But all is not going according to plan and the fault lines have been growing for quite some time. For a start, the fact that the coup was attempted at all, in an environment where Erdogan believes his position to be unimpeachable and the security services take care of the rest. Indeed, a state of emergency persisted in Turkey for a full two years following the coup, hardly the act of a man confident in his own adulation. Political dissent has also been growing. In 2019, there was a genuine (if symbolic) shock when local opposition parties seized control of Istanbul, Ankara, and Izmir. But more forbiddingly now, national opposition is finally getting its act together in the form of the caucus unofficially known as the ‘table of six’.
The internecine in-fighting and squabbling appears to be coming to an end, with the greater goal of toppling Erdogan in sight in the Presidential election in summer 2023, so long as an acceptable Presidential candidate can be settled on. A slight victory by the present incumbent would, at least, force him to reach out and address bipartisan concerns, with the only other choice being full-on dictatorship, with Erdogan as aware as any that such things rarely end well. For the Table of Six, there is no reason to believe that they cannot present a unified front and remove him, something which would fundamentally change not only Turkey’s internal conversation but also alter the European political and economic architecture significantly.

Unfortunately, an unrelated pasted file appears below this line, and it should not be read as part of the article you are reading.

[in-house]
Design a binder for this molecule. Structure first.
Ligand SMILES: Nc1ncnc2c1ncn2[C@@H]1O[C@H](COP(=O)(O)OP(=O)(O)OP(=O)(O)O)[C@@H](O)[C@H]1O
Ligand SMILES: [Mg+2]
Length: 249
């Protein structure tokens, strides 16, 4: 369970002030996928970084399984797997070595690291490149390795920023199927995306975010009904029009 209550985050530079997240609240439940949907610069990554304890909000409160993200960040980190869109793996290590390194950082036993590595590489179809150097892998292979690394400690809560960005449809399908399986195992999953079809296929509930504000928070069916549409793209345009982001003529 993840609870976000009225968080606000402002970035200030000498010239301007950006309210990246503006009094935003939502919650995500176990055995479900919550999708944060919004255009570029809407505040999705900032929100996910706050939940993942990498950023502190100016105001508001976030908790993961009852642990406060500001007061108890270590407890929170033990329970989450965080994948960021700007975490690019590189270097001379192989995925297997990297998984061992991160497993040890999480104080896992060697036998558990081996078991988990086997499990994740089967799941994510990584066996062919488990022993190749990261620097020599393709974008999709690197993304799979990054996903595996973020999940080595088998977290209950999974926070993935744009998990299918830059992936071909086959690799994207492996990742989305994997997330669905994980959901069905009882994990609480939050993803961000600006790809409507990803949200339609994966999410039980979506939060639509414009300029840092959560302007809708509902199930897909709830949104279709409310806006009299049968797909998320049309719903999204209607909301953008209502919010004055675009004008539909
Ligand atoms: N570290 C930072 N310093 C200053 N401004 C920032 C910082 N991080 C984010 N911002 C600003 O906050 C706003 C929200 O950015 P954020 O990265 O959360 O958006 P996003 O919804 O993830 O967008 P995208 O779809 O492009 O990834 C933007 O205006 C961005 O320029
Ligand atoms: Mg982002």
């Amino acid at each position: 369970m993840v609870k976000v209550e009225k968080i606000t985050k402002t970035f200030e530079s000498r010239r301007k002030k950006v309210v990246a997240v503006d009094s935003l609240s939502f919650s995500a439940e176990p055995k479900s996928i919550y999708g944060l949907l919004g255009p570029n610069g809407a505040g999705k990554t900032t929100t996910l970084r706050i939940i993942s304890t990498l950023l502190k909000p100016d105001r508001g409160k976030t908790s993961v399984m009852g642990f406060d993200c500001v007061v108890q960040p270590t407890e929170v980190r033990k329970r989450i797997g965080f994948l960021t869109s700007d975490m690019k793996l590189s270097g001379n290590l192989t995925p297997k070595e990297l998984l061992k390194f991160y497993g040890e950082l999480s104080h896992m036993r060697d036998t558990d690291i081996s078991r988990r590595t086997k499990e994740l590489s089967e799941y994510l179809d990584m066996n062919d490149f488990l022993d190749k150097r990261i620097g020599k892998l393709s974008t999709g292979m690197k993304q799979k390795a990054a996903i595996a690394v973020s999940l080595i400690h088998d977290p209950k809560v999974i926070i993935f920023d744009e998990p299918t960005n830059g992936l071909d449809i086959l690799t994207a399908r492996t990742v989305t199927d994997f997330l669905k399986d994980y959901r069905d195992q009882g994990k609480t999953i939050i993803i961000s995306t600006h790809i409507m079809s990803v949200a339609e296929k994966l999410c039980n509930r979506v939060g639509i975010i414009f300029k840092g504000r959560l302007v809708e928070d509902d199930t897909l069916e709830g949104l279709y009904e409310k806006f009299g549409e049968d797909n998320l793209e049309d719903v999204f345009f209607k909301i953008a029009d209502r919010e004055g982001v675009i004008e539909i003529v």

And Erdogan has one good reason to be worried – the economy. As the 2018 state of emergency ended, a full-on economic crisis began, fuelled by the government’s incessant borrowing, the plunging in value of the Turkish lira (and concomitant inflation) and Erdogan’s own fiscal policy of lowering interest rates in the face of inflation rising between 83.45% (official figures) and 176% (independent figures) in the belief that this would boost the Turkish economy, over and above the damage it would cause: a calculated gamble. One that all credible economists would have advised against, but Erdogan has never been one to listen to contrary advice.